Publications -

Viewpoint – September 2022

The third quarter started with bond yields falling, equities in the midst of a sizeable rally, and a perception that increasing evidence of a slowdown in the US and Europe would lead to a relatively short tightening cycle and a more dovish Fed. It ended with an increasing probability of recession, yet the most hawkish Fed since the Volcker era, bond markets in disarray and equities at new lows for this cycle.

Viewpoint – August 2022

The rally in equity markets that started in mid June continued into the first half of August, taking Wall Street 17% off its June low, but was ultimately overwhelmed by the global energy crisis and extraordinary falls in bond markets through the month, reversing most of the gains of the previous two months. The biggest falls came in Europe, and most extreme was the UK, where yields on 2-year government bonds rose by 130bps, taking the yield to 3.0% at month end, the highest for 15 years. The UK 10-year yield also rose dramatically, up by 94bps to 2.8%. Eurozone bond markets fared only slightly better, with the German 2-year yield up by 93bps to 1.19% and the 10-year up 73bps to 1.54% over the month.

Viewpoint – July 2022

After a torrid six months, with global equities suffering a 20% decline and most developed world sovereign bond markets producing negative returns each month in the first half of this year, there was finally relief in July. Led by Wall Street, with the S&P 500 up over 9% in the month, the MSCI World index returned 7.9%, while the JPMorgan Global Government Bond index returned 1.9%. Riskier parts of the bond market, which had sold off heavily in the first half of the year, recovered sharply, with US investment grade bonds +3.2%, high yield bonds +5.9%, and emerging market debt +4.0%.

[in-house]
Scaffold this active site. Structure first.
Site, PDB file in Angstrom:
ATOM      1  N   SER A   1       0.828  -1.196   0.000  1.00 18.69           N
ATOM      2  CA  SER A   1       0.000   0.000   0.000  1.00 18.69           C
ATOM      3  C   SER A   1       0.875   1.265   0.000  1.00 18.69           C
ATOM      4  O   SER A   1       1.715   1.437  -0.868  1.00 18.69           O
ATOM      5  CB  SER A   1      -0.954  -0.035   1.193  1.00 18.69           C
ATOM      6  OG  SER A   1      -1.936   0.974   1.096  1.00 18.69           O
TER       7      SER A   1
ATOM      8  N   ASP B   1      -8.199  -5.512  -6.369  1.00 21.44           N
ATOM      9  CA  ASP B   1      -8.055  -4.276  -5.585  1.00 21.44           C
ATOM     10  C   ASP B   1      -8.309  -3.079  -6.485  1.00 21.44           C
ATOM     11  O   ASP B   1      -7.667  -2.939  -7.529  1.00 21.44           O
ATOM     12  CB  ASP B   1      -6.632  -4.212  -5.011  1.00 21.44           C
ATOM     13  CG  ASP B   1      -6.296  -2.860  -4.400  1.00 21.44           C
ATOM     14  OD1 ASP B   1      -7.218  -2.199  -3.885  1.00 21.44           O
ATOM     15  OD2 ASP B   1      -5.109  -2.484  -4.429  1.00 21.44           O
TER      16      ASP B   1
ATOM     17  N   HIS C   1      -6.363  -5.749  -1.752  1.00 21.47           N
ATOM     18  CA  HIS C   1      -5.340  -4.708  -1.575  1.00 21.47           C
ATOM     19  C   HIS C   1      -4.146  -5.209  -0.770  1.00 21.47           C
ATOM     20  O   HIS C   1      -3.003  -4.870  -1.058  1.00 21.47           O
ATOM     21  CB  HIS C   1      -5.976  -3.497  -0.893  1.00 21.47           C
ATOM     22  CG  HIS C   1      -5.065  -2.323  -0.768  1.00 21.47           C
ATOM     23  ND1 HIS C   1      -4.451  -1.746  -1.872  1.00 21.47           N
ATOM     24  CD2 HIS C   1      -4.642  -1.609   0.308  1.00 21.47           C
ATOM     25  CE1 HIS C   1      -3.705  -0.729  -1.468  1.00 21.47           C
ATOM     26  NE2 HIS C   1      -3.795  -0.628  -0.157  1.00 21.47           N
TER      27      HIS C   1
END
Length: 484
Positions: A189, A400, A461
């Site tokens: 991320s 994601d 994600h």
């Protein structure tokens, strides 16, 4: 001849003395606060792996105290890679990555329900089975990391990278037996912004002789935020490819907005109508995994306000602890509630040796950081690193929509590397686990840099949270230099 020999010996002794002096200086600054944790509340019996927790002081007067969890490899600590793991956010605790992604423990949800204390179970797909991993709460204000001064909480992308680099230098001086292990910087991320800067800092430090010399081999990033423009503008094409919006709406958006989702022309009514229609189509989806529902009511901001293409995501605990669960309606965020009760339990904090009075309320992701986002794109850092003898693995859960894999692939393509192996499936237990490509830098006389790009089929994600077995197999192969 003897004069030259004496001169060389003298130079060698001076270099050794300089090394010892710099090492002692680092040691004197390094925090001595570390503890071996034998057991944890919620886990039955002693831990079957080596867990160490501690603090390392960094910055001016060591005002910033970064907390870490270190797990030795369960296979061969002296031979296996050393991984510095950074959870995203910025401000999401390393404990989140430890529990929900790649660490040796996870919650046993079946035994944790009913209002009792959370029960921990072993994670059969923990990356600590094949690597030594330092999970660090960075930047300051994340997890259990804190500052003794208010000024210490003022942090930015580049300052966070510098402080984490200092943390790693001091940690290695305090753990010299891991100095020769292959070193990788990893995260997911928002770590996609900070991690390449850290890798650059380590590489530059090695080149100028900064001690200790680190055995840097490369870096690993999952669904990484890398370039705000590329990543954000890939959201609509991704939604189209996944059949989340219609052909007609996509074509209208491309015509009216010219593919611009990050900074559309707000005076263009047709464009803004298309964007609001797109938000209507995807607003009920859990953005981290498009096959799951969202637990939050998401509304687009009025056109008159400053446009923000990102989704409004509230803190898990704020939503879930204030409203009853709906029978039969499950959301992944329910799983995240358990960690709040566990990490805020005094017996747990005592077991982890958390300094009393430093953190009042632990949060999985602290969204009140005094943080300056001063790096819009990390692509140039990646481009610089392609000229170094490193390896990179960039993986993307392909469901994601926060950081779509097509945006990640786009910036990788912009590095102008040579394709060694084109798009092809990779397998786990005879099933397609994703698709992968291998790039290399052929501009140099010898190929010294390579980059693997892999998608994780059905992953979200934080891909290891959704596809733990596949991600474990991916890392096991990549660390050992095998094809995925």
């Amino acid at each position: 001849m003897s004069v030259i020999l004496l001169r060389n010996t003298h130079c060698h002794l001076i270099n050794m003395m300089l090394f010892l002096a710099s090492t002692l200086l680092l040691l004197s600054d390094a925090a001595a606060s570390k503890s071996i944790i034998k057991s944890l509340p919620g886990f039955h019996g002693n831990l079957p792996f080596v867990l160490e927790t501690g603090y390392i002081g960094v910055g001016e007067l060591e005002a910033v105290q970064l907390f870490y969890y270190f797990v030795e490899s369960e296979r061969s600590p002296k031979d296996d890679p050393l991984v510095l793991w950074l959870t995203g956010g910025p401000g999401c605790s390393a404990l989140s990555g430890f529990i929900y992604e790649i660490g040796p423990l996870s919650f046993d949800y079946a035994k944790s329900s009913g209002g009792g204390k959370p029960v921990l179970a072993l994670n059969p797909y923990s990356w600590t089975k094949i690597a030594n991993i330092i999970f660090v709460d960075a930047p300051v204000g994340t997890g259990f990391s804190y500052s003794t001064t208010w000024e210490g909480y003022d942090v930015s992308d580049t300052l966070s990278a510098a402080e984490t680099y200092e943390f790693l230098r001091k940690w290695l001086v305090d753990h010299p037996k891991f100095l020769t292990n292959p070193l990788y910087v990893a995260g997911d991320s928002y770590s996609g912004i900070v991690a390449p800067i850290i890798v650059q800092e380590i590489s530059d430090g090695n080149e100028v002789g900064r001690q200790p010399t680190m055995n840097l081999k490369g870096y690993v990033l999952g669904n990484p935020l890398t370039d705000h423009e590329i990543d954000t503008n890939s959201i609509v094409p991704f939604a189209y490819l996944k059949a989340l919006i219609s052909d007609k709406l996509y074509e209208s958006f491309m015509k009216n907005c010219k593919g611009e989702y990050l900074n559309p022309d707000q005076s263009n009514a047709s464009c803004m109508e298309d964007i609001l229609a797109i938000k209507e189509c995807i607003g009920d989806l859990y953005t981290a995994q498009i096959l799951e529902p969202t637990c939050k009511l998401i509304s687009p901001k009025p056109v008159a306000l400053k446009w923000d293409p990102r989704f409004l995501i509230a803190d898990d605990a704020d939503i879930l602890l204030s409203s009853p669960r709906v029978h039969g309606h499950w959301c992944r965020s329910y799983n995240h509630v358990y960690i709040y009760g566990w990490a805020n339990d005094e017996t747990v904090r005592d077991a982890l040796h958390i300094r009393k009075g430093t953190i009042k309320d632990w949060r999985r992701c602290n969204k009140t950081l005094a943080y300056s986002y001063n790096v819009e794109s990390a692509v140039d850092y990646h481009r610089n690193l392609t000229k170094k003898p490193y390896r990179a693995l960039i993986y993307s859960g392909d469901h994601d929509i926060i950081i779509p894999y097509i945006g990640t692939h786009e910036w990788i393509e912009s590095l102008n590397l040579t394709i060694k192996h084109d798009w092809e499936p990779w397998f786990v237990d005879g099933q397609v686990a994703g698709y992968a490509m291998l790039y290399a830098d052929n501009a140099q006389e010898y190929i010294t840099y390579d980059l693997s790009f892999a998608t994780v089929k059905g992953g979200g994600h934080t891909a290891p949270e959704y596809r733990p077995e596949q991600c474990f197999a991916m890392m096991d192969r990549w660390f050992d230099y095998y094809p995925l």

Viewpoint – June 2022

The sharp downturn in financial markets this year broadened and deepened in the second quarter, resulting in an exceptionally difficult six months for investors. While in Q1 there were some pockets of strength – commodities, gold, UK large-cap equities, and a small number of emerging equity markets and currencies, in the second quarter the only positive returns of note came from oil and Chinese equities. With the dollar surging throughout the period, the only safe haven to preserve capital in dollar terms was US dollar cash. Developed equities returned -16% in Q2, led by the US, and are now down by over 20% YTD.

Viewpoint – May 2022

The brutal sell-off in markets this year finally stabilised during May, although the rally was by no means uniform, and investor sentiment remained nervous in the face of intense uncertainties about inflation, growth, and the unfolding impact of the war in Ukraine. No single catalyst triggered the rally, rather a combination of factors: signs of a consumer squeeze and economic slowdown ahead, leading to a sense that inflation is nearing a peak and the Fed’s hawkish policy shift could be enough to bring it under control; improved valuations leading to some dip-buying and a short squeeze in some of the big tech stocks which have been hammered this year; a weaker dollar; and China’s support for its ailing economy and loosening of covid restrictions in major cities.

Viewpoint – April 2022